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One of the cleaner days. Honest. (And you can’t even see their backs.)

 (If you miss those days where you couldn’t tell one mud-covered lump from another, and like to see people falling on their arses and faces, this could be another spectator sport for you.

Very entertaining stuff.)

Back to the rugby. So, to discover last week that Wales are favourites for the Six Nations according to most of the commentators here was quite a shock, to say the least.

What could possibly go wrong? Oh yes, Biggar goes limping off and Wales draw against Ireland. Great start.

Anyway, I was perusing other exciting links when I came across this lovely bit of ‘build up’.

Far be it for me to disagree with that ‘advice’ (*shudders*), but if you’re the kind of person who paints their nails in team colours but has no idea what the laws of rugby are, please read no further. We’ll never get on, so I won’t even bother.

Speaking of which, the SWEP have obliged with their own idiots’ guide here. Thanks, bois.

Returning to this side of Offa’s Dyke, ‘Six Nations to fill pubs with higher class of git’. Hmmm.


Of course, I tripped off to Old Deer Park on Saturday for the opening matches. And proceeded to down a few too many ‘Bows.

hat on boiler

It was quite the operation to discover why my hat was there – apparently it pissed down with rain at some time on Saturday night, and Drunk Toria somehow managed to put it there to dry. Drunk Toria is epic. Hungover Toria searched the whole house looking for that hat though. Perhaps Drunk Toria should’ve left her a note?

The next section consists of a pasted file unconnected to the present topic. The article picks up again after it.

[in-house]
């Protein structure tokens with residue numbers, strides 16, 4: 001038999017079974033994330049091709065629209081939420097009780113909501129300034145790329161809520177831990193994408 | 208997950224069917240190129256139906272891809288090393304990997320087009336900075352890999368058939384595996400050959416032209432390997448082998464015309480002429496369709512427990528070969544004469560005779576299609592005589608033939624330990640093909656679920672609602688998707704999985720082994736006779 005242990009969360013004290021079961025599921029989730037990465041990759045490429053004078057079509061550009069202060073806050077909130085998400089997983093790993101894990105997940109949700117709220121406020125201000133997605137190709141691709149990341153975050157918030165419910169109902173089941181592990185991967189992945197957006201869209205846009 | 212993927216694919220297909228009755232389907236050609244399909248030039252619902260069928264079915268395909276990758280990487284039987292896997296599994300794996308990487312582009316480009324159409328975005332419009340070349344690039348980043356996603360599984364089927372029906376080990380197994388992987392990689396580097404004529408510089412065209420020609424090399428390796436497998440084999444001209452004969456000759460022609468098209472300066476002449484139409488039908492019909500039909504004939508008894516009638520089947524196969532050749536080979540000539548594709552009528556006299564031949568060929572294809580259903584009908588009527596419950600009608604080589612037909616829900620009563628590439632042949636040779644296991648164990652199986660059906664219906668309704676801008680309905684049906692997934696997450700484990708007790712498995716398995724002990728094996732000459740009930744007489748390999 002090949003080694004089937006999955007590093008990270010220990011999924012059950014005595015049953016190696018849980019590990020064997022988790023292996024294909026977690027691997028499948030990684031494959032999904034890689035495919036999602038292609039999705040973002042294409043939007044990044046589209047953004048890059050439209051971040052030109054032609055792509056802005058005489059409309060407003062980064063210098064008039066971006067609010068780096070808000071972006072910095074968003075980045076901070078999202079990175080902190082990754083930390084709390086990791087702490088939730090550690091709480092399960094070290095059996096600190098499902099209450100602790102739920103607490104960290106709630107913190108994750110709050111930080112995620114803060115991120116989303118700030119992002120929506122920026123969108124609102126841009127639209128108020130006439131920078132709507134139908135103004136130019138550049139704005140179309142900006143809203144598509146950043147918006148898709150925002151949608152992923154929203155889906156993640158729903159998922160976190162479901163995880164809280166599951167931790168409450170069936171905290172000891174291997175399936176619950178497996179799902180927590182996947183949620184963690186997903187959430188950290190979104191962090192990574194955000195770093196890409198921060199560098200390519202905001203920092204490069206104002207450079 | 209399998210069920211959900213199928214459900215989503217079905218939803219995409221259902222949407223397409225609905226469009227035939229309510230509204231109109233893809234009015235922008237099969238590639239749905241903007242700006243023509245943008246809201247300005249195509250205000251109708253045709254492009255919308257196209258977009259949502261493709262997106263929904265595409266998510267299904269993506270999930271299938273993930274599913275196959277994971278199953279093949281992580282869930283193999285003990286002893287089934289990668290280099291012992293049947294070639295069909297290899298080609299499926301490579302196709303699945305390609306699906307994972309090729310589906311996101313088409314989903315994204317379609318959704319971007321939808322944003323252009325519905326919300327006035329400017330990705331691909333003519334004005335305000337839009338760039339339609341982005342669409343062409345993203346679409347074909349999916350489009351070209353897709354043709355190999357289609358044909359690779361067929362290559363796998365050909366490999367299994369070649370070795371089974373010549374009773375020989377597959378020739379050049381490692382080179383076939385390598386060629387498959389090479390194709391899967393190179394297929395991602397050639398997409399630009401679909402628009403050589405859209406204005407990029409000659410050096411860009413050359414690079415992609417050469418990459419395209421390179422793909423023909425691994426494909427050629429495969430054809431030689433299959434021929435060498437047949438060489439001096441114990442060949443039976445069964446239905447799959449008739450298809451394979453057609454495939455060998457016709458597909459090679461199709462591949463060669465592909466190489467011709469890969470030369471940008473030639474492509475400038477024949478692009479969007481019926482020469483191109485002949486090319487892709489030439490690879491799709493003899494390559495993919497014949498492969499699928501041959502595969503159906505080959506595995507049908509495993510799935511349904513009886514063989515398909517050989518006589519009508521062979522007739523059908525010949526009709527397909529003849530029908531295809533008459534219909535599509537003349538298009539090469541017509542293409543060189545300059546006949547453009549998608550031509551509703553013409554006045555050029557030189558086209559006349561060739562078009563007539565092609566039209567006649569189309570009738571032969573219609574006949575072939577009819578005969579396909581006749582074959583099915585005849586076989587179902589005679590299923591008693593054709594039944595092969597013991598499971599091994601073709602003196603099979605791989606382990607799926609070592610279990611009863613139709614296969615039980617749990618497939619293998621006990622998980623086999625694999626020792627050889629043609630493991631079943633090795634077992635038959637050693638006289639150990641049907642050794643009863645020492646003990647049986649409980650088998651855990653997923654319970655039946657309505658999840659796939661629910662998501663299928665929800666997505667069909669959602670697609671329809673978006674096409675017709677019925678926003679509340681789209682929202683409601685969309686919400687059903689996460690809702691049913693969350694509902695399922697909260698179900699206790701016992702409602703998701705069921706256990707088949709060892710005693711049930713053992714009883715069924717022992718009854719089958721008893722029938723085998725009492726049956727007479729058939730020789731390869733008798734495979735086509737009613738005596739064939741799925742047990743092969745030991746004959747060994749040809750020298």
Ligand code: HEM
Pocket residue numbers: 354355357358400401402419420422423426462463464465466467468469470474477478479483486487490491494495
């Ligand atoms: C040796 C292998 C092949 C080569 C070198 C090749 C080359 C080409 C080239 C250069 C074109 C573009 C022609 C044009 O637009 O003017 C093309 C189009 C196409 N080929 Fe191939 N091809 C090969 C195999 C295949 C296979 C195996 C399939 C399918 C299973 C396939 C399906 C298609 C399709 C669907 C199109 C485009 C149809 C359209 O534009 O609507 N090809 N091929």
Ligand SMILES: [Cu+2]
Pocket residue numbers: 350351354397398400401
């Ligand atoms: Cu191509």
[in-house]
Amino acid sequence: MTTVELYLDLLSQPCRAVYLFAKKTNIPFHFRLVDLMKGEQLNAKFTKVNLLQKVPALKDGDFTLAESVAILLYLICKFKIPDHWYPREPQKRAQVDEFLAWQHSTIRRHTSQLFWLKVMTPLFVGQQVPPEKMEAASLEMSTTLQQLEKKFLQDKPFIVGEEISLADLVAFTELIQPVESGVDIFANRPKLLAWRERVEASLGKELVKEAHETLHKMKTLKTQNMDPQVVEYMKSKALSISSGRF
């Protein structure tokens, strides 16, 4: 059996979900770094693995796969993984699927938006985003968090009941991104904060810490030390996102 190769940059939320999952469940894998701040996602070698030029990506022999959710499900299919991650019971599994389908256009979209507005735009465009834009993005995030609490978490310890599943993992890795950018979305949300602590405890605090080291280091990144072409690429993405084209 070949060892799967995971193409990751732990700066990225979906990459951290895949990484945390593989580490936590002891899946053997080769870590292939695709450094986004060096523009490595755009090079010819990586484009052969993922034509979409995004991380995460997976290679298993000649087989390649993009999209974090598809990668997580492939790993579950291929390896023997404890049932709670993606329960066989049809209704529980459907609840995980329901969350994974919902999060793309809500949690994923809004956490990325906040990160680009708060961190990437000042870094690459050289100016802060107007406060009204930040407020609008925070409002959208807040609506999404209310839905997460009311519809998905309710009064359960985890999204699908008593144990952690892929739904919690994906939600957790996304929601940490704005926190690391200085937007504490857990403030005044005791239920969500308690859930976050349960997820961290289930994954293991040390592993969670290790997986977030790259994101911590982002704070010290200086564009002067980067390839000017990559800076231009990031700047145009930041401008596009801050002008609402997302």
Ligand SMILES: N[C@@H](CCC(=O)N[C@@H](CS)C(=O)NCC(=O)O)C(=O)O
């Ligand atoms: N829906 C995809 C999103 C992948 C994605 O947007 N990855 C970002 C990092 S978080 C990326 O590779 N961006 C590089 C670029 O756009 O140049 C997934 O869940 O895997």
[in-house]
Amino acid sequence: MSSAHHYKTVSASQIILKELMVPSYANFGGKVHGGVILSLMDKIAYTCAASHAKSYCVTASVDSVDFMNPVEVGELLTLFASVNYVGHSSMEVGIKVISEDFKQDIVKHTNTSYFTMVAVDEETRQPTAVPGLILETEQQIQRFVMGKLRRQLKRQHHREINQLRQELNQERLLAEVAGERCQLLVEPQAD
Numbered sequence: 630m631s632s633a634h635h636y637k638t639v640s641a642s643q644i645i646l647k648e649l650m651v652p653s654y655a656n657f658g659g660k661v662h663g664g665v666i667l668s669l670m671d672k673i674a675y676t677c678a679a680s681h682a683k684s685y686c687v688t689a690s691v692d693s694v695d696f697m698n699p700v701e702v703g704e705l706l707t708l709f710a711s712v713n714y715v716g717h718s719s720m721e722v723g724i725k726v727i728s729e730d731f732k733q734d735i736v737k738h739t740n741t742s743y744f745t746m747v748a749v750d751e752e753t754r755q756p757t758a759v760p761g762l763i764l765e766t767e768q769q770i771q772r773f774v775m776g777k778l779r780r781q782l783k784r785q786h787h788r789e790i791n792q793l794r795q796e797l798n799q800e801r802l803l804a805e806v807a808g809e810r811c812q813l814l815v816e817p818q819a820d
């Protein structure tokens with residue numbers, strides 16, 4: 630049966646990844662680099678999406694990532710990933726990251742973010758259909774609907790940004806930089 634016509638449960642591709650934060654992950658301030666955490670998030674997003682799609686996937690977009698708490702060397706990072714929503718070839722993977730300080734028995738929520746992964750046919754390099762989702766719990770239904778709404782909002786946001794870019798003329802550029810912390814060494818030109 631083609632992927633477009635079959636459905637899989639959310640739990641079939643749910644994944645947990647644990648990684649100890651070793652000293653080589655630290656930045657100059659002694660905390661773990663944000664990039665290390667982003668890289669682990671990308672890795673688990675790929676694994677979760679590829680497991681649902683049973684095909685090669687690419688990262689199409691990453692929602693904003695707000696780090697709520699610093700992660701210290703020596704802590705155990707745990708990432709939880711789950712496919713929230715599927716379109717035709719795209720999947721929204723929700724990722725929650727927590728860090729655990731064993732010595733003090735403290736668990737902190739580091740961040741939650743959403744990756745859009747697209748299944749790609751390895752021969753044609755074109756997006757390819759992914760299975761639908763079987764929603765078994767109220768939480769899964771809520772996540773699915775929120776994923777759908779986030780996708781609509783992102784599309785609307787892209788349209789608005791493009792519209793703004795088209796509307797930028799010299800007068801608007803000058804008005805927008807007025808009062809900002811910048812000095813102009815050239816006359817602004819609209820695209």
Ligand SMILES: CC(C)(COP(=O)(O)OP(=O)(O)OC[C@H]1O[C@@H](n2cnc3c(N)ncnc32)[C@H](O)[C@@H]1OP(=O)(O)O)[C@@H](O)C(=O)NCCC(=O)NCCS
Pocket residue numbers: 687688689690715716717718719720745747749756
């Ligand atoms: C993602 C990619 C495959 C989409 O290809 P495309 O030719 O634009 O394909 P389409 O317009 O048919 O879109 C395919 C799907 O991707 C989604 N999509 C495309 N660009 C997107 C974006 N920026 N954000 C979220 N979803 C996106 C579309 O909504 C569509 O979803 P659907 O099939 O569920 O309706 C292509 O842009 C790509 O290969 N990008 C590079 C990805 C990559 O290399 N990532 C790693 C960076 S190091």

I was grateful for dark glasses the next day. And I discovered that sports nutrition recovery drinks are also quite a good tool in your hangover arsenal.

Out of the goodness of my heart and without further ado, here is my HOW TO NOT EMBARRASS YOURSELF RELOAD –SIX NATIONS style. You may have read my original (longer, and RWC-themed) guide here.

But I think some people may need a reminder. (After last Sunday’s hangover, I include myself in that observation.)


The laws of rugby.

Oh, FFS. If you don’t know them by now, you really can’t be arsed, can you?

Look, the original piece had some more information & useful tips, but I’ll repeat the most cogent words: DO NOT TRY TO BLAG ANYTHING ABOUT THE SCRUM. No matter how tempting it is (‘he’s dropped his bind, hasn’t he?’ ‘that was no way straight’). You’ll be like one of those really annoying commentators who insist on filling every millisecond with their voice, instead of letting the pictures speak for themselves.

HOWEVER, my earlier words still apply:



Brekkie on the benches at ODP.

Have a proper breakfast. Don’t rely on a ‘pre-match meal’ – you may already be the best part of bladdered before then. Try to snack all day – this is not a time to be worrying about your diet. Don’t be the person puking up in the bogs at half time, or the one disposing inelegantly of a curry/kebab behind a bush.


This isn’t a sprint, it’s a marathon. No, there’s not as many matches and ad breaks at the RWC, but it can be more intense. Remember what I said about drinking more when nervous?